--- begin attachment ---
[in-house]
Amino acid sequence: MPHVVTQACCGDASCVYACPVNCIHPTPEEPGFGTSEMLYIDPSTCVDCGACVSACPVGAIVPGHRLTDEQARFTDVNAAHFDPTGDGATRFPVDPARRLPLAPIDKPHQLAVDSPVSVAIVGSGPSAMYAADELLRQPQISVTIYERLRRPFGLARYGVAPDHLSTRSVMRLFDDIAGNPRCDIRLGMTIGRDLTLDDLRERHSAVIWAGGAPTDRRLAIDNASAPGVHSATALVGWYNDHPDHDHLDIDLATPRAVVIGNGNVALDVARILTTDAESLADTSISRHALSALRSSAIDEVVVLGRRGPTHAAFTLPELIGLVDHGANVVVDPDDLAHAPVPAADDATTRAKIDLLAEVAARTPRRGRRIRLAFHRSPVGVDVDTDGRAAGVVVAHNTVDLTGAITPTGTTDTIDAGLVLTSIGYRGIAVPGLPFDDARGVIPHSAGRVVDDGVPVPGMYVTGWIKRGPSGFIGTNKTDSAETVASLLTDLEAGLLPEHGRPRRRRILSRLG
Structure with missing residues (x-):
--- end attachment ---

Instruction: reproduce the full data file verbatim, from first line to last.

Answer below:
[in-house]
Amino acid sequence: MPHVVTQACCGDASCVYACPVNCIHPTPEEPGFGTSEMLYIDPSTCVDCGACVSACPVGAIVPGHRLTDEQARFTDVNAAHFDPTGDGATRFPVDPARRLPLAPIDKPHQLAVDSPVSVAIVGSGPSAMYAADELLRQPQISVTIYERLRRPFGLARYGVAPDHLSTRSVMRLFDDIAGNPRCDIRLGMTIGRDLTLDDLRERHSAVIWAGGAPTDRRLAIDNASAPGVHSATALVGWYNDHPDHDHLDIDLATPRAVVIGNGNVALDVARILTTDAESLADTSISRHALSALRSSAIDEVVVLGRRGPTHAAFTLPELIGLVDHGANVVVDPDDLAHAPVPAADDATTRAKIDLLAEVAARTPRRGRRIRLAFHRSPVGVDVDTDGRAAGVVVAHNTVDLTGAITPTGTTDTIDAGLVLTSIGYRGIAVPGLPFDDARGVIPHSAGRVVDDGVPVPGMYVTGWIKRGPSGFIGTNKTDSAETVASLLTDLEAGLLPEHGRPRRRRILSRLG
Structure with missing residues (x-):